Chief Spending Officer is the newest term I’ve come up with in our household. 

I was trying to figure out what to spend some of my Playcheck on and struggling as usual with the task (sadly).  My wife offered to help and she said “I have things I want to buy.”  How is it that she has no problem coming up with things she wants to buy?

I have mentioned our christmas list.  I think that’s a great idea for always tracking things that you want for yourself (and others) with the holiday gift mentality in mind.

I also have my “Don’t Forget List” that has tasks, things to learn, and things to buy, but it’s more geared toward everyday stuff.

Here’s the strange part.  I often lay in bed at night, or first thing in the morning, and think, if I could do anything, or buy anything, what would it be?  I can’t really answer that question.  Not realistically at least. 

It seems as if I feel like I have much more than I ever wanted–full-time, free time—being by far the best possession. 

I find the idea of buying smaller neat things to be easy on my mind/stress.  We could buy $50 items all week long.  We can buy $500 items every week, or $1000 items every month without hitting our MoJo ceiling.

I think about how the splurge Peloton bike at $800 had no impact.  I think about a $500 guitar or a $500 edelbrock carb. No impact.  A $2000 scooter or motorcycle purchase, had no impact (motorcycle since sold-no impact either). I could even buy a $2000 ebike or 84” TV or a new laptop.  I find I don’t really want many more things, at least not very often.

It kind of comes back around to when I wanted some thin, light-colored, stretch jeans a few months ago.  I went to the outlet mall for hours and bought a $10 pair that was close but not perfect.   It was my 3rd purchase and none are perfect.  I should have just bought the right jeans brand new for $30-40.  What is wrong with me?  I didn’t even start talking about the 6 pairs of exercise socks for $8 or $10 dilemma.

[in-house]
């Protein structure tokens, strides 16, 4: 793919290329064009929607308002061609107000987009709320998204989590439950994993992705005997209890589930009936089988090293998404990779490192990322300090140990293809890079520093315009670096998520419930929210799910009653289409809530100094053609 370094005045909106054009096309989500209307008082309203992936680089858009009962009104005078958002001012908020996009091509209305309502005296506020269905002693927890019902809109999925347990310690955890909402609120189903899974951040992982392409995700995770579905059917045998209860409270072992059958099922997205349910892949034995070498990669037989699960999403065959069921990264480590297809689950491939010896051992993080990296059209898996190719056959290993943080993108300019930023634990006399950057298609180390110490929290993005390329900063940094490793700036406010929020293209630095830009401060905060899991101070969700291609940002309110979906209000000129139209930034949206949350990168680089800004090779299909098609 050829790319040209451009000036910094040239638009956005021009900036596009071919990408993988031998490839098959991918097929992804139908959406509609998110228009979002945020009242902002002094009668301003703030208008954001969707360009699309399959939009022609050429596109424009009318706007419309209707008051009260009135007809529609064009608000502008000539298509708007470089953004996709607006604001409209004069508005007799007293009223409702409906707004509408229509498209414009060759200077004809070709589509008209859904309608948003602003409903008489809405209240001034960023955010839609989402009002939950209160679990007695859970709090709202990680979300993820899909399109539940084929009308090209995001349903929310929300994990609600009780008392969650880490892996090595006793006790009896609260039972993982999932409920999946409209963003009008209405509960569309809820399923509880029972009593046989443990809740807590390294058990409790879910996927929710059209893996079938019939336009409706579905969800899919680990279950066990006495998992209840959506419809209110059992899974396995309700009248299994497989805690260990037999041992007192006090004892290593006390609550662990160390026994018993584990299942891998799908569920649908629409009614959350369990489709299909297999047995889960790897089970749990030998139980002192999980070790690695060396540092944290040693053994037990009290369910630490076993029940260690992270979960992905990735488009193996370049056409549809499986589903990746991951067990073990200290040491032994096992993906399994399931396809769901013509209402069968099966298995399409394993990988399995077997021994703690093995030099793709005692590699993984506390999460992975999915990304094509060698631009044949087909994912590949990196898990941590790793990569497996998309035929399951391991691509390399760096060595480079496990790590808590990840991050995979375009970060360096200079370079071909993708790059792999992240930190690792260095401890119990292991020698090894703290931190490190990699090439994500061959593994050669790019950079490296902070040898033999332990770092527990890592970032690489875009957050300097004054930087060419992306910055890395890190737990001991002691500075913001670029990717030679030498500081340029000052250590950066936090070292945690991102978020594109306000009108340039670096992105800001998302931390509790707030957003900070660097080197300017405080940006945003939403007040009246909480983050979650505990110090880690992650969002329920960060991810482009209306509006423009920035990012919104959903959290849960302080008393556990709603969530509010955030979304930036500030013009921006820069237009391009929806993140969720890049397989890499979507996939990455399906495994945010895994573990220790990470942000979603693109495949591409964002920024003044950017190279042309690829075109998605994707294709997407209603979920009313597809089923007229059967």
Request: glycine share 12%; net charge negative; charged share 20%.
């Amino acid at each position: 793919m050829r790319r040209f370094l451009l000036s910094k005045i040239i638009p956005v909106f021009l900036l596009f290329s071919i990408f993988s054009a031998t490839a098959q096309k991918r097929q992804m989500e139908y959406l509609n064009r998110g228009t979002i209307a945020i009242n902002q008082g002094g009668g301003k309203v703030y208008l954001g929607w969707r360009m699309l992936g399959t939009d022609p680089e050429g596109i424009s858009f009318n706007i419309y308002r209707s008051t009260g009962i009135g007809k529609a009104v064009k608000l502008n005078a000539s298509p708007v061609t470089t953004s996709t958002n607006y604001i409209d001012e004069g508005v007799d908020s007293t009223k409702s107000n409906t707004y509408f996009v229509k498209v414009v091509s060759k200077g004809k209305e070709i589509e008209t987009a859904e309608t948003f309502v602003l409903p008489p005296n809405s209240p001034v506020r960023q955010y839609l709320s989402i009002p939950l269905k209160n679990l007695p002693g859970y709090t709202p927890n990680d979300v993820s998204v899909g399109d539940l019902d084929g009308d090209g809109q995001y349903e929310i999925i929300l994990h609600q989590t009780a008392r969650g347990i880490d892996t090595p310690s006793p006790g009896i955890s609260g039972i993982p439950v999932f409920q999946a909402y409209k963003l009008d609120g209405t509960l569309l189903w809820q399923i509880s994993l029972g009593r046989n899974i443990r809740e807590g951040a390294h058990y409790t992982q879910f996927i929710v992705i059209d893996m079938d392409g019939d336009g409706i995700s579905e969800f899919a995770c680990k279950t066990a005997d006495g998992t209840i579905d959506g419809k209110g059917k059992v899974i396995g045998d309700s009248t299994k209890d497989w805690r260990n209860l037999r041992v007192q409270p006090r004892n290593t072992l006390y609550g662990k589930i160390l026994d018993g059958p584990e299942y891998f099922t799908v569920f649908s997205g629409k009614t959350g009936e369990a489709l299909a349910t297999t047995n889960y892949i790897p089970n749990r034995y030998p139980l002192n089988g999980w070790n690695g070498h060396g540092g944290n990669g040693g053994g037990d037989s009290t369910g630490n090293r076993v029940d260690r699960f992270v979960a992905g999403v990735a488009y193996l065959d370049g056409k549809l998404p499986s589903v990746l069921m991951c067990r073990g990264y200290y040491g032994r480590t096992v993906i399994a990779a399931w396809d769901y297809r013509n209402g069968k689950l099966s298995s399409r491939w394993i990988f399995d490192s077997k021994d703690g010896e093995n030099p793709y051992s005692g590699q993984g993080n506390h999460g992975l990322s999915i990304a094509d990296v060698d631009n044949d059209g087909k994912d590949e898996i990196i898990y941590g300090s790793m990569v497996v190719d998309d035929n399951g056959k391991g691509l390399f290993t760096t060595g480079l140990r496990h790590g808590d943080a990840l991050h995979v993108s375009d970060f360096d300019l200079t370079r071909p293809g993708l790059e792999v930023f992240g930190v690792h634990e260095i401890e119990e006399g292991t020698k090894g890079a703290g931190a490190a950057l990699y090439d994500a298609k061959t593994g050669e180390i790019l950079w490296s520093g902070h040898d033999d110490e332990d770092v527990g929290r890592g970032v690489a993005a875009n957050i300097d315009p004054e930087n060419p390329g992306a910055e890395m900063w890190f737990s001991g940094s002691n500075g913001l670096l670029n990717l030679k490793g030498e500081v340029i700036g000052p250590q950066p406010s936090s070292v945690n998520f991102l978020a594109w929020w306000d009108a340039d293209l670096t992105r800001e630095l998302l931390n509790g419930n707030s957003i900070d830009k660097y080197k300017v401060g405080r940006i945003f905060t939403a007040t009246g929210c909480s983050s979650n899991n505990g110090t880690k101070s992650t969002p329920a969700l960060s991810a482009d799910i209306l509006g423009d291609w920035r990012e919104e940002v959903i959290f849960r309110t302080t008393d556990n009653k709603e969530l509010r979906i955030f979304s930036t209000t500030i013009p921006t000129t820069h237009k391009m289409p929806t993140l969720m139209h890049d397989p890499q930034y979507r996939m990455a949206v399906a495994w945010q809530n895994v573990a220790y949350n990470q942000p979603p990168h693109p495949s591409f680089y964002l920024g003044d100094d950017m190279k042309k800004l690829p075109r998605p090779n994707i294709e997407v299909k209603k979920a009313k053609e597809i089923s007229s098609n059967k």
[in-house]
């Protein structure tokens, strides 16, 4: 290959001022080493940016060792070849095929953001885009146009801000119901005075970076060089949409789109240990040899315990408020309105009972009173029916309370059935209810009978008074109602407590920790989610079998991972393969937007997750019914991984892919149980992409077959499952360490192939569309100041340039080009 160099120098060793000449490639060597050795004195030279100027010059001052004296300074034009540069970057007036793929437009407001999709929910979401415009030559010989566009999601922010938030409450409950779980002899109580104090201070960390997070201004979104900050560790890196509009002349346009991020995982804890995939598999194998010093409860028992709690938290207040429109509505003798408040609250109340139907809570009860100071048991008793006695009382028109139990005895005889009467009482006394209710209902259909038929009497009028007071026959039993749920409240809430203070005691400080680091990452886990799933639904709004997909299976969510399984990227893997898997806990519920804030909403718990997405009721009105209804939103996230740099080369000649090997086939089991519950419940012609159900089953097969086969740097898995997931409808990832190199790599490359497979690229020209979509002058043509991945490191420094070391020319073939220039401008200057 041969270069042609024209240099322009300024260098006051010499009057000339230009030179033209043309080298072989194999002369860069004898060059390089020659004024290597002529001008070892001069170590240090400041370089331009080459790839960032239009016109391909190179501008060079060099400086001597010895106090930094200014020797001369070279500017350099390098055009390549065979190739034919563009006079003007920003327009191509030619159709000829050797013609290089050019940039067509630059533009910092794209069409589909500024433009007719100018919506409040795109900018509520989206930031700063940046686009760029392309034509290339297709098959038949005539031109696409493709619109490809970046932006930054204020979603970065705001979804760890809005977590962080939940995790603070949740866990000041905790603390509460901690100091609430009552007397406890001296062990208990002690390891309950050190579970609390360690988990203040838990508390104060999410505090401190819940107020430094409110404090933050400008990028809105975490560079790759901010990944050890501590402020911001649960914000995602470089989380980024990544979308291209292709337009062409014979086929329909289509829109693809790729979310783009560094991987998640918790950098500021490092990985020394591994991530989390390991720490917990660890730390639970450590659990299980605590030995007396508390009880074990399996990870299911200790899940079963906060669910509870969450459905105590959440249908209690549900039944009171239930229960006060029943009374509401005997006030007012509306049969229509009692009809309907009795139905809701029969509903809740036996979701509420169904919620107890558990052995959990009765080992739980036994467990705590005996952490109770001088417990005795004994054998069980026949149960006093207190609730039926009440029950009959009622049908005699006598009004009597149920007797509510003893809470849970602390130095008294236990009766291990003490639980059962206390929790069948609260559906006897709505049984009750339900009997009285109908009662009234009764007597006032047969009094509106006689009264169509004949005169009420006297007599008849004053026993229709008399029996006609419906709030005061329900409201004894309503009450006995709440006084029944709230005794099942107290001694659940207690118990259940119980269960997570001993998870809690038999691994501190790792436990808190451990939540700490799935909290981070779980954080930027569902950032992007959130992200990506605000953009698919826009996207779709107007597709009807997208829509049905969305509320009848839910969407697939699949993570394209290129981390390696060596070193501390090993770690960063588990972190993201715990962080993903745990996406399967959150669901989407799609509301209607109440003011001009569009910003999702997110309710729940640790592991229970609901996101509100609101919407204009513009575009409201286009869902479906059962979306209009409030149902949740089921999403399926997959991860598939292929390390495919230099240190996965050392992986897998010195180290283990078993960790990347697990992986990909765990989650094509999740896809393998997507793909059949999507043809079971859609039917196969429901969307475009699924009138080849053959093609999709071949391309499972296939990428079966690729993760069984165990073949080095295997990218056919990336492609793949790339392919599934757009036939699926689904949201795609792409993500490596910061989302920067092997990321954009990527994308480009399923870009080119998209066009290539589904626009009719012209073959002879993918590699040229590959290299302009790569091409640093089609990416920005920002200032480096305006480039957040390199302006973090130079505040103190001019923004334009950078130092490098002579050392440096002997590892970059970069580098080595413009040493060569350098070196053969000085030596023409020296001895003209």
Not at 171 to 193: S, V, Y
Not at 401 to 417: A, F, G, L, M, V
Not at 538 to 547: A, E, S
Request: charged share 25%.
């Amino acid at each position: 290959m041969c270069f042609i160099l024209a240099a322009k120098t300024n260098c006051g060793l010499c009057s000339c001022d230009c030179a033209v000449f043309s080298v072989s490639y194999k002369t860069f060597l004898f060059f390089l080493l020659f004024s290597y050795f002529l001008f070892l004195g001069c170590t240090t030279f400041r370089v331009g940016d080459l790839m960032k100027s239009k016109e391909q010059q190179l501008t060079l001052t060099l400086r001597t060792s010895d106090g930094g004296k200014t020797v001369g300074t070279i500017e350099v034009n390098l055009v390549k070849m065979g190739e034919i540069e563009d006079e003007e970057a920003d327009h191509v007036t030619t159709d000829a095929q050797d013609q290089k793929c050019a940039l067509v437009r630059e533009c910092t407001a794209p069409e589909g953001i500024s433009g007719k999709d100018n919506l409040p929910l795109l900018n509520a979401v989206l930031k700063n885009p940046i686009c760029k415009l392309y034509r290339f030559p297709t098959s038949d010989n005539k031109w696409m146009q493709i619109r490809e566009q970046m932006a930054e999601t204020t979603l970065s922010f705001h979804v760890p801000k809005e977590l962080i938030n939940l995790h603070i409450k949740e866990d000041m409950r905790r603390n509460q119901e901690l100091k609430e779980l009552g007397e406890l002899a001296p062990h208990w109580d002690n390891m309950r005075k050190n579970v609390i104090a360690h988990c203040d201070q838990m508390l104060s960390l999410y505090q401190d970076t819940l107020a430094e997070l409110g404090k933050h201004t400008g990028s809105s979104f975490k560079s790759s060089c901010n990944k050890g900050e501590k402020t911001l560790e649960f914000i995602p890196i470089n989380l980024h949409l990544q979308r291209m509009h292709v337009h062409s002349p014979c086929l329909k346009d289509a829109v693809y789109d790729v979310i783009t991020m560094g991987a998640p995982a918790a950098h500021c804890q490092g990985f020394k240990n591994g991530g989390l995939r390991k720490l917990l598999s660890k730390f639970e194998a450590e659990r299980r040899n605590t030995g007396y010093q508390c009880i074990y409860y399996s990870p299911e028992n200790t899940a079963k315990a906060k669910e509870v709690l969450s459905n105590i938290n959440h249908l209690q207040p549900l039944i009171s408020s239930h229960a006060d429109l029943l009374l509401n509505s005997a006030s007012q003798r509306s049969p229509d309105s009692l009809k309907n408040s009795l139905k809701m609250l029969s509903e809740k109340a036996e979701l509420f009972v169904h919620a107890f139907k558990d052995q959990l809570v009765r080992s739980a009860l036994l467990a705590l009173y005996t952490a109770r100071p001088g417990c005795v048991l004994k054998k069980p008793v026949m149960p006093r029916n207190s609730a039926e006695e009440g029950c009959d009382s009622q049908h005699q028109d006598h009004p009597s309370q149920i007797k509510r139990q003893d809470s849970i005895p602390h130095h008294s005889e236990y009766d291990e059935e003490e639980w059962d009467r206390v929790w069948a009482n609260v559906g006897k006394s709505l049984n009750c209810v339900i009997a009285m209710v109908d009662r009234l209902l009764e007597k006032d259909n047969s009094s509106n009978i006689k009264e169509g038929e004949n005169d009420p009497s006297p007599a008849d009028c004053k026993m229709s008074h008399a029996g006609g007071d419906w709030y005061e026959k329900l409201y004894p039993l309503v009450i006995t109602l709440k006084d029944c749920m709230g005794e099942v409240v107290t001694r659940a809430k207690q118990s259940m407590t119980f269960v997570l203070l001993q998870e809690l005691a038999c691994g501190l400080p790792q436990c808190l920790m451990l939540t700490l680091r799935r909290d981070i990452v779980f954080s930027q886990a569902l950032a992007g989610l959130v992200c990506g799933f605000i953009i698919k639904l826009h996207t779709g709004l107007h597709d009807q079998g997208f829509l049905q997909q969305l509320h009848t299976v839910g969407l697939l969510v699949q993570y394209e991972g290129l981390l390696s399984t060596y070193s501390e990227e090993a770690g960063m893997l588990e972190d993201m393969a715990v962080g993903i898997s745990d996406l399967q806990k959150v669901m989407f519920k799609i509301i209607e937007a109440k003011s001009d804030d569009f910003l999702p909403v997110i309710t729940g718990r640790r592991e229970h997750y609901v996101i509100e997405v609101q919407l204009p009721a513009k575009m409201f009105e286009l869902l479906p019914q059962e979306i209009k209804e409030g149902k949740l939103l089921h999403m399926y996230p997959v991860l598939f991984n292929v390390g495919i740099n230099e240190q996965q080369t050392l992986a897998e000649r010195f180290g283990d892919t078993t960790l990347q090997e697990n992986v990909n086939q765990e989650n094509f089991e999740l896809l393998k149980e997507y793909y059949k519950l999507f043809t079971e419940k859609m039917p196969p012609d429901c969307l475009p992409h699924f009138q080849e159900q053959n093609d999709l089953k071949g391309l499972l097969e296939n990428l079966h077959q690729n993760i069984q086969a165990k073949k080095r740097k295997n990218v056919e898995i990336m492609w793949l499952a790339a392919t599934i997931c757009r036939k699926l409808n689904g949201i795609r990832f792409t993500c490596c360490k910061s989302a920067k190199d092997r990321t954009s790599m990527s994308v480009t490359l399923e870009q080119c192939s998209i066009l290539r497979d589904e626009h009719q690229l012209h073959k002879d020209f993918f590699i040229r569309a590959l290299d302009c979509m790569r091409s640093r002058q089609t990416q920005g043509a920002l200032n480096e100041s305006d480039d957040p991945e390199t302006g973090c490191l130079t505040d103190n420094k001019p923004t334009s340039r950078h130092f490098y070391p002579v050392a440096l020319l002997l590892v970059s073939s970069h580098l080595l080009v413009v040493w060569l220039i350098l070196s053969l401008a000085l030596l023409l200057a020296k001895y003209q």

It’s the large items that hit the accounts hard, but the small item purchase deferring are still ingrained in my being.

When I lay in bed I think, I could have a C2 corvette if I wanted.  A bad-ass ’67, 427.  I could have a new mid-engine vette if I wanted.  What the hell would that help?  Kathy already has a fleet of muscle cars and I don’t drive them, ever.  (Note: I did drive the 69 Mach1 with the new edelbrock cars and 2nd gear was awesome when the tires broke loose-on accident of course).

The carb, the new hurst shifter, the peloton, the new flooring at the beach…all Kathy’s activities fully implementing her role as the CSO.  (Insert: her first class 2A seat)

And, I will be very clear here.  She deserves every single bit (dollar) of those items if they make her life awesome.

I love my life the way it is.  I do have “things” on my Don’t Forget list.  In many ways, that’s almost as good as getting some of those new things.

Final note: I’ve been good at giving away money and helping those around me who I think deserve something, and could use something, and for some reason, I’d rather they have some of my money than me.  But, I am not as good at that as my friend Mark.  When I think I’ve given well, he’s given better.  He’s always better.  I’m always trying to do/be better.

*** Nothing in this article is to be construed as financial advice.  I am not a financial planner, nor do I pretend to be.  You should always consult your own professional when seeking advice. This post is not a piece of literary mastery, just a random thought I had.

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